Amazon And ESPN Lag Behind Networks On NFL Viewership, Ratings Reveal
Ratings for Amazon and ESPN’s respective primetime NFL broadcasts lagged behind those of its competitors, as the e-commerce giant turned streamer and the Disney subsidiary each struggle to keep pace with the NFL’s basic cable partners
NBC’s primetime broadcasts averaged 19.9 million viewers during the 2022 regular season, while CBS and Fox’s afternoon broadcasts brought in 18.5 million and 19.4 million viewers, respectively, with both CBS and Fox attracting about 24 million average viewers for their respective late afternoon national broadcasts, the networks independently announced Tuesday afternoon, citing Nielsen Media data.
That’s NBC’s highest NFL viewership since 2019, CBS’ top mark since 2015 and Fox’s best ratings since 2016, even as linear television viewership dwindled across the board.
Amazon, which began exclusively broadcasting the NFL’s Thursday primetime contests on its Prime streaming service this year, and ESPN, which airs the league’s Monday night games on cable, had far less luck than their peers.
Amazon averaged 9.6 million viewers for its Thursday Night Football broadcasts, according to Nielsen data, 41% less than the package’s 2021 average audience of 16.4 million, which was partially skewed by a special Saturday broadcast on Christmas 2021 that drew 28.6 million viewers.
ESPN averaged 13.4 million viewers on its NFL broadcasts excluding last week’s game between the Buffalo Bills and Cincinnati Bengals that was canceled after Buffalo safety Damar Hamlin went into cardiac arrest on the field, the network told Forbes, citing Nielsen data, down slightly from 2021 but the network’s third-best NFL viewership since 2010.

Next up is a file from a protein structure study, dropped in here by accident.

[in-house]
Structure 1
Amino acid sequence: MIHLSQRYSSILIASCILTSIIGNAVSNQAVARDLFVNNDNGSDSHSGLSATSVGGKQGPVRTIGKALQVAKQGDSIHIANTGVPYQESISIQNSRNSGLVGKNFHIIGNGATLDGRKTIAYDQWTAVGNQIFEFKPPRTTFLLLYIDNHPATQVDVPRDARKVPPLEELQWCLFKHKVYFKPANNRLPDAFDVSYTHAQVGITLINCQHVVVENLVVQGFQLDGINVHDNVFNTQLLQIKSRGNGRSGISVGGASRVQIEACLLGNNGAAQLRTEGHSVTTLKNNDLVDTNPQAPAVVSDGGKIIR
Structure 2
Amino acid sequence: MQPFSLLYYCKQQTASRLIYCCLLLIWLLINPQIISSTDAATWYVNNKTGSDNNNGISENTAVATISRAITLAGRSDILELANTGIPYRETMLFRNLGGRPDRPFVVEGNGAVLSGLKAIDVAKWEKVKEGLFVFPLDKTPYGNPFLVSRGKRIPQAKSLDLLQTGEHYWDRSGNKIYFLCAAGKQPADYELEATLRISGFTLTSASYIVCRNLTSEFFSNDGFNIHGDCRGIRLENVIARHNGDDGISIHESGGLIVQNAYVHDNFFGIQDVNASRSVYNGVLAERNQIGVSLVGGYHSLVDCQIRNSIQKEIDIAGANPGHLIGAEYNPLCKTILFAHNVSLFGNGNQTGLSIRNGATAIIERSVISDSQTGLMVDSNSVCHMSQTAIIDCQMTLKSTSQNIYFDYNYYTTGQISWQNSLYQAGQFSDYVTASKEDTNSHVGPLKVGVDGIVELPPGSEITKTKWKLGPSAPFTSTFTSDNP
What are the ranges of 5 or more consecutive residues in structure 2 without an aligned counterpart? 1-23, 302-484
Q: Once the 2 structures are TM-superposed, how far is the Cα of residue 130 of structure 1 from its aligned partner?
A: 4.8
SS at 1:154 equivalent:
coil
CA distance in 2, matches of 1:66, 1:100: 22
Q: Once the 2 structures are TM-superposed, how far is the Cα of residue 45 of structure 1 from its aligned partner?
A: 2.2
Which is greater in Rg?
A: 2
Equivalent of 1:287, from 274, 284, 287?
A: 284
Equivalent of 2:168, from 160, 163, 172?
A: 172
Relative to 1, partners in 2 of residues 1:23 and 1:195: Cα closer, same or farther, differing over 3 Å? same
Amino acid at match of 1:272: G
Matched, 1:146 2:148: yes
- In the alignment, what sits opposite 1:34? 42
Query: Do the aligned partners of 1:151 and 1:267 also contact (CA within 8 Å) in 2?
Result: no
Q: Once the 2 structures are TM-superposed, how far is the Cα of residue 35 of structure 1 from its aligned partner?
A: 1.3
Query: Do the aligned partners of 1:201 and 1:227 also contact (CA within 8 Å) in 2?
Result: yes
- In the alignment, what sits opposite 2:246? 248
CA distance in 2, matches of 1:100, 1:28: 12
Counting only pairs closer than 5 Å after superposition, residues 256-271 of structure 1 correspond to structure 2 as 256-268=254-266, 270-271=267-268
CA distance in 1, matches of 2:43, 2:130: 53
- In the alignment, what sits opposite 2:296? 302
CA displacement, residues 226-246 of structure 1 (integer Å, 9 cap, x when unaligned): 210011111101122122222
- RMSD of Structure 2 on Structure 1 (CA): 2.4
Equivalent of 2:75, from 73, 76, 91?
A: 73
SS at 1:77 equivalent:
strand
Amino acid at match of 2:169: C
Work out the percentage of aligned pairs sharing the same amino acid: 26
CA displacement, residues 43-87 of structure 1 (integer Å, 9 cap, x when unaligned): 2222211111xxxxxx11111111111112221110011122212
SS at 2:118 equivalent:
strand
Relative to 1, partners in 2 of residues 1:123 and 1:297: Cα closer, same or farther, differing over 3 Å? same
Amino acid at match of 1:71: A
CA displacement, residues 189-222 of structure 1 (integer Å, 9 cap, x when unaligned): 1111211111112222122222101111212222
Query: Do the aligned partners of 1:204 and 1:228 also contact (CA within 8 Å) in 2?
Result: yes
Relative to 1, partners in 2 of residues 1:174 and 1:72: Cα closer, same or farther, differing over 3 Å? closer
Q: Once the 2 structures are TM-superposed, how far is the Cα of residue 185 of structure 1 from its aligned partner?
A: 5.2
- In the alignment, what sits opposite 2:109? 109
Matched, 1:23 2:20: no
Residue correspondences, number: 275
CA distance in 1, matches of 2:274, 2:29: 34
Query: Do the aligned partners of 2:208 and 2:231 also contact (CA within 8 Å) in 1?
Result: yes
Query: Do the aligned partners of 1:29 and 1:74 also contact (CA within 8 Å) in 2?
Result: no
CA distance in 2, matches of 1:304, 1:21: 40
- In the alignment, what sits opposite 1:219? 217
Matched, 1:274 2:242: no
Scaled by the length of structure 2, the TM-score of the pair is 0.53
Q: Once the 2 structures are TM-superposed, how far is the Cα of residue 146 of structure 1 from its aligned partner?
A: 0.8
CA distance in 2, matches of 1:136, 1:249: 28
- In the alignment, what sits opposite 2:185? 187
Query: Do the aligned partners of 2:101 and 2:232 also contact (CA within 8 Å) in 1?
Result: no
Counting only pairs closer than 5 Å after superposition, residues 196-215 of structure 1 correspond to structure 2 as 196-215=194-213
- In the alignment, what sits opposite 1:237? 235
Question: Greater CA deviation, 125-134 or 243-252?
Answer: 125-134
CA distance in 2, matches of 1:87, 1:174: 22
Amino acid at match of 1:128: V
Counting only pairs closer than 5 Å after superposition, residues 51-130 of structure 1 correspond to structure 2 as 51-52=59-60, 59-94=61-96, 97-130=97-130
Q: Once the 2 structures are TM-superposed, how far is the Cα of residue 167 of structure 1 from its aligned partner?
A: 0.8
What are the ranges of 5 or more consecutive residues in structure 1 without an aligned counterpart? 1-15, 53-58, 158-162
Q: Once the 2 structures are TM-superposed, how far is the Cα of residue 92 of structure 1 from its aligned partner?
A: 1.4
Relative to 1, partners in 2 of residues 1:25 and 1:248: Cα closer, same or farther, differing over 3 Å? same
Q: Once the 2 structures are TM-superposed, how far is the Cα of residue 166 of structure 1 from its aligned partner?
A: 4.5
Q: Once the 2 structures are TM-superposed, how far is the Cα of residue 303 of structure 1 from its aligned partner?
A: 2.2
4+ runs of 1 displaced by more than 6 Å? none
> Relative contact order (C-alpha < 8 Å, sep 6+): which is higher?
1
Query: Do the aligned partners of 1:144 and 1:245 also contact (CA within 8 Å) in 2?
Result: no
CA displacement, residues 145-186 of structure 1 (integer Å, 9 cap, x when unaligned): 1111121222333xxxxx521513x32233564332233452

During the first year of its 11-year, $13 billion deal with the NFL, Amazon self-reported an average average audience of 11.3 million viewers citing in-house metrics and emphasized the growth among younger viewers in a statement. The most-ever Prime sign ups over a three-hour period accompanied Amazon’s first Thursday Night Football airing, further silver lining for the company’s massive investment despite the lagging viewership. Both Amazon and ESPN do not enjoy flex scheduling privileges that its primetime counterpart NBC enjoys, which enables networks to switch out late-season scheduled broadcasts for higher-profile matchups, that its primetime counterpart NBC enjoys, though ESPN will have the right to flex beginning in the 2023 season. The NFL is in the second year of its 11-year, $110 billion television rights deal with Amazon, CBS, ESPN, Fox and NBC and inked a seven-year deal with Google for the league’s Sunday Ticket package believed to be worth about $2.5 billion annually in December.
82 of 100. That’s how many of the 100 most-viewed television broadcasts in the U.S. last year were NFL broadcasts, according to a Sportico analysis of Nielsen data. Some 94 of the 100 top-watched programs were sporting events, cementing the preeminence of live sports for networks and streamers.